Wesley's lease was running out, and I ended up watching an icon with their face move gradually across a map as a car drove from New York to San Francisco. I remembered that relationships are complicated, and often hard in times of stress, but I savored the cuddles and the time we spent together eating ice cream and watching movies and sunsets. We spent more time living in the same city than we ever had before, and after being here for a few months they moved to Taiwan.
Before they left, we'd planned a backpacking trip with my housemate, but then the skies turned orange and full of smoke, and parks across the coast closed. I mourned the loss of my only vacation and trip out of the city. I mourned the loss of long walks, which had been one of the only things keeping me feeling okay. For months, I regularly checked air quality meters and savored moments of fresh-enough air.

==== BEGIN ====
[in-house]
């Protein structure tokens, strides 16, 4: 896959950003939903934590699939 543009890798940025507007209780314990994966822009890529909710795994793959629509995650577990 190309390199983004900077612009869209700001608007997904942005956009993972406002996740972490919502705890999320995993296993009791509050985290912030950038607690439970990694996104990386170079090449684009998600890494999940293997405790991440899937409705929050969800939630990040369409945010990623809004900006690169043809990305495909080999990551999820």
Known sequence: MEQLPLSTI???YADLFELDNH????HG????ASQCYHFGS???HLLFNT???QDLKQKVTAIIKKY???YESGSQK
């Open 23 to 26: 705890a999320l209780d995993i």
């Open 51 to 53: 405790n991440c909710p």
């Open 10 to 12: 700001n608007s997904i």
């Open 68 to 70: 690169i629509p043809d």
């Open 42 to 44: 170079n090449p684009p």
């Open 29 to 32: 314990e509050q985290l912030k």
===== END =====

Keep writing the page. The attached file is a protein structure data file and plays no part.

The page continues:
September came and my new housemate broke my trust. We decided my friend and I should move out. My friend decided to leave the city for a while, and I quickly found myself living alone for the first time in a studio apartment.
I continued going on walks. I noticed I'd memorized the street names of a 12x18 grid I'd walked through over the year. I danced and sang to myself. I started playing piano regularly, learning a song Alan had played with me several years before. I found joy in regular phone calls and walks with friends. I grew a collection of fancy loose-leaf tea. I lit candles on every night of channukah for the first time since childhood. I discovered the calm quiet of living alone.
It's hard to think about making any plans for the near future, to imagine committing to anything with the uncertainty and fluctuation of motivation that I live with regularly. But there are some things I'd like to do, that I'm excited about and hopeful for. I want to learn to feed myself more regularly. I want to keep developing my writing skills, and find community around writing. I want to learn more about communal housing and better understand how I could eventually settle down to live with my friends somewhere. And I really need to buy some more socks - I think I can at least plan for that.